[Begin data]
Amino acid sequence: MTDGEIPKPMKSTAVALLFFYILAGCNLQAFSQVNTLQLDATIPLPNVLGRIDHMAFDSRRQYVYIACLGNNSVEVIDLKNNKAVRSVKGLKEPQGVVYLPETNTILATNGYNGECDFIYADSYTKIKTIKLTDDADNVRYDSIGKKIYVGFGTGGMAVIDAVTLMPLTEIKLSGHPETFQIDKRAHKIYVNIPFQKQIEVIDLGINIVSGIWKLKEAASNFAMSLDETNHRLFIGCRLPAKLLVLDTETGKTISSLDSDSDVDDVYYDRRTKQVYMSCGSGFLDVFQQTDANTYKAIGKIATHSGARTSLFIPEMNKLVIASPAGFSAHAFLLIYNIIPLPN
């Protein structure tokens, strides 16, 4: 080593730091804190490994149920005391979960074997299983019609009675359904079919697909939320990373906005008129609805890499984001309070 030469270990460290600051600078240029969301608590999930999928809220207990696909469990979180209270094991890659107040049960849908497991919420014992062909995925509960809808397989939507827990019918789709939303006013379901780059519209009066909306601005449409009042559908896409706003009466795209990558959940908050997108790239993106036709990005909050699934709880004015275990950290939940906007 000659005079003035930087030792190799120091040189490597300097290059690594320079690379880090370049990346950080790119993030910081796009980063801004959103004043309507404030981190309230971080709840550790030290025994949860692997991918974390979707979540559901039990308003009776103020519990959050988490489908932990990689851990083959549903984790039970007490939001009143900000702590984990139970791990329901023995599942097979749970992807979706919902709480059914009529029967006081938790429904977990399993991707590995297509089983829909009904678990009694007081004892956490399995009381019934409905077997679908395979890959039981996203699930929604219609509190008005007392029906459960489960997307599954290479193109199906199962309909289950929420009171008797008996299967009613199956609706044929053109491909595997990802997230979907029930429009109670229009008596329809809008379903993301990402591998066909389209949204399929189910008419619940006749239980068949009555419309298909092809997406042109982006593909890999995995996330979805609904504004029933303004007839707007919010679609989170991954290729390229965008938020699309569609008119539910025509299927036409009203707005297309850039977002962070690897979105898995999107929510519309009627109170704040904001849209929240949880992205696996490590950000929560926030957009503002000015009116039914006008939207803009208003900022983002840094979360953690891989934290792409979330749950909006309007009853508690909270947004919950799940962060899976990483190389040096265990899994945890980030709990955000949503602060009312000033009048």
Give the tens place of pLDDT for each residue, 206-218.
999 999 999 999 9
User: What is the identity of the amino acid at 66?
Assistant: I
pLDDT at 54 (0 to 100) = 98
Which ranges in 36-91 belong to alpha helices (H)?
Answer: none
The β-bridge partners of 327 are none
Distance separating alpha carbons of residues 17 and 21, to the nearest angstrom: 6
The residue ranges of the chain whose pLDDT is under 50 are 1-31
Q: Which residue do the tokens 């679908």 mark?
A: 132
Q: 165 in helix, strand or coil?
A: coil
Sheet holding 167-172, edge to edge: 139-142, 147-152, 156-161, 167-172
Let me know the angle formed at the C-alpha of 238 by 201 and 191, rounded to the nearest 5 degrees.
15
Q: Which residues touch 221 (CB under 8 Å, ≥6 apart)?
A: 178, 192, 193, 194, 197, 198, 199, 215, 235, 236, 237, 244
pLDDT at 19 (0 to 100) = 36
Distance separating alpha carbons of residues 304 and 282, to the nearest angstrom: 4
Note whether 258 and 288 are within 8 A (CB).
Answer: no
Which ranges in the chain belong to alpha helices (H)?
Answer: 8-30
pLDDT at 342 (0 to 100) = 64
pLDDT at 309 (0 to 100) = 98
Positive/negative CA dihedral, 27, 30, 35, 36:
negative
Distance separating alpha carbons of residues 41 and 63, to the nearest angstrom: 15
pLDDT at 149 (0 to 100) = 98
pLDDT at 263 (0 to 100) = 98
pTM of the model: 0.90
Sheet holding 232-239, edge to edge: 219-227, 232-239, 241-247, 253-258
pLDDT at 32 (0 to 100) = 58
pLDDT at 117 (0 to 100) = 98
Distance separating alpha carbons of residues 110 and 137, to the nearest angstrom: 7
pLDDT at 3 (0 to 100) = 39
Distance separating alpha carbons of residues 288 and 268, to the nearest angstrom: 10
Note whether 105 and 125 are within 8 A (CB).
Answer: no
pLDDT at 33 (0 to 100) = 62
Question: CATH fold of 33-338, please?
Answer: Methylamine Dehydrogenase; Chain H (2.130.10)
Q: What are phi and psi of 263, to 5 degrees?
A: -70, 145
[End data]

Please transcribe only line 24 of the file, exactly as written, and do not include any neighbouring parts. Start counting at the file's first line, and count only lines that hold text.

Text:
Note whether 258 and 288 are within 8 A (CB).